Easy setup is also provided via the automated installation application on the included CD. In my experiments, installing the Canon printer drivers for printing, faxing, and a scan tool went smoothly. It installs the proprietary driver from Canon by default, but it also offers those options for businesses that need PCL6 or PostScript drivers. You can also choose between using a USB, Ethernet, or Wi-Fi connection.

Canon MF452dw

It is only slightly more difficult to set up the printer for mobile printing and scanning over your network or a Wi-Fi Direct connection. By simply navigating the menus on the 5-inch color touch-screen control panel. I was able to find the majority of the Wi-Fi Direct choices I needed. Including the instruction to display a QR code for quick connection. Both printings from my phone and scanning files using Canon’s print app went smoothly. Keep in mind that you can use touch-screen commands to print from or scan to a USB disc.

A small office or workgroup can employ paper handling with ease and reliability. A 100-sheet multi-purpose tray is added to the single 250-sheet paper drawer for printing, and a $199 extra 550-sheet drawer can increase the capacity to 900 sheets. The 8.5 by 11.7-inch flatbed can handle books and other originals that you can’t feed through an ADF. While the 50-sheet ADF can scan up to legal-size material.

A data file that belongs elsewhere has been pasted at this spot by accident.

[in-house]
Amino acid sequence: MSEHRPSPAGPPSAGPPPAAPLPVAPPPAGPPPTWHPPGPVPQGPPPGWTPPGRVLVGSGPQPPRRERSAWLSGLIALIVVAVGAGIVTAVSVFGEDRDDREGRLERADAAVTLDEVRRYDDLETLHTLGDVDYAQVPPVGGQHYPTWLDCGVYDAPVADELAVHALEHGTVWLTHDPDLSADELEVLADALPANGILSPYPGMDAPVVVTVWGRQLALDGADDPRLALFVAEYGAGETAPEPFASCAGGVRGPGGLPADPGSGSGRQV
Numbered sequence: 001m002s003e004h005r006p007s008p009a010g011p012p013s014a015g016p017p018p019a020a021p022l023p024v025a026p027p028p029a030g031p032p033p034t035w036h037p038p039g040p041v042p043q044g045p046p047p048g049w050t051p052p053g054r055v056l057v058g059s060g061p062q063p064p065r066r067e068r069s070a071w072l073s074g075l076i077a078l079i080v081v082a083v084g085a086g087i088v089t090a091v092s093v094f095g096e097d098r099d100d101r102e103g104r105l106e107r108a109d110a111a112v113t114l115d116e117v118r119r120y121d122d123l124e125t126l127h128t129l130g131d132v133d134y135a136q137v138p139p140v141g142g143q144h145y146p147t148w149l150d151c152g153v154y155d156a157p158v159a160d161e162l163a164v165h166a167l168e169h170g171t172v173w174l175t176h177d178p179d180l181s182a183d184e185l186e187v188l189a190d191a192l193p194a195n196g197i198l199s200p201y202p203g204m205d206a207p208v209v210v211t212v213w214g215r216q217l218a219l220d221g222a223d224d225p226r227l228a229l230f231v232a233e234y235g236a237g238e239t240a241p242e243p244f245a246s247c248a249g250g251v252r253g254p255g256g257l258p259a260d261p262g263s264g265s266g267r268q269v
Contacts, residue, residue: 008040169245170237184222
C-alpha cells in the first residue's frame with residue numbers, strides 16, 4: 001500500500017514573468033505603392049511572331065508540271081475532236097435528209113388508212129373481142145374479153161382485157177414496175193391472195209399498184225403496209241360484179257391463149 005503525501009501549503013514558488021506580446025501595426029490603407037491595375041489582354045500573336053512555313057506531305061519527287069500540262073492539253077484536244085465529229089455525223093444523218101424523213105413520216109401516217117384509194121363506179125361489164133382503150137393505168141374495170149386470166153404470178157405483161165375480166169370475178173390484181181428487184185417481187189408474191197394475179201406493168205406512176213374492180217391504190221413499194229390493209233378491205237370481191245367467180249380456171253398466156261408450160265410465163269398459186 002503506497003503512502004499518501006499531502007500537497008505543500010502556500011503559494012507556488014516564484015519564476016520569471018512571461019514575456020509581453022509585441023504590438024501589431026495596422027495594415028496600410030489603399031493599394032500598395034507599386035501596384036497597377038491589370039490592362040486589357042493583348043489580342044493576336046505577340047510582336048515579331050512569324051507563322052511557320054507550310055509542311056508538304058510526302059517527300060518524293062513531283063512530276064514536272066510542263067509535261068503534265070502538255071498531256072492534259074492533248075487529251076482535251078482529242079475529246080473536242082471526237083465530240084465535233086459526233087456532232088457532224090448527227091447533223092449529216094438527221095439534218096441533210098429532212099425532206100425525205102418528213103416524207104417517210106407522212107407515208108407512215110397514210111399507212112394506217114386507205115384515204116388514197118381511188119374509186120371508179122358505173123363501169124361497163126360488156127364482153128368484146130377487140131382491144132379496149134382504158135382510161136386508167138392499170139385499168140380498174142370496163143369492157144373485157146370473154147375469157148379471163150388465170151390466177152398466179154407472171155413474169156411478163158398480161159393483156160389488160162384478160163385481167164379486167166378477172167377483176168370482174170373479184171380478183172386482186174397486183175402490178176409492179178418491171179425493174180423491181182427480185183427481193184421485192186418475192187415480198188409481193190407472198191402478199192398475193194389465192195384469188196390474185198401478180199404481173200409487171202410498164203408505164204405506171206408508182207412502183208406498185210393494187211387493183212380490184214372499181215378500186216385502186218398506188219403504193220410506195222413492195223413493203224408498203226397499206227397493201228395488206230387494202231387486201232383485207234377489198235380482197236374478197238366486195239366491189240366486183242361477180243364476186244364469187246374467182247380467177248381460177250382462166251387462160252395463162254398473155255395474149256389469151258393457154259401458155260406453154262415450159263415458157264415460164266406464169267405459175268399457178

The MF452dw enables automatic print duplexing, as do the majority of modern printers. It also provides duplex scanning, unlike most AIOs in its price range. Even better, compared to reversing ADFs, which must first scan one side, turn the page over, and then scan the other, the ADF scans both sides simultaneously, more than double the scan speed.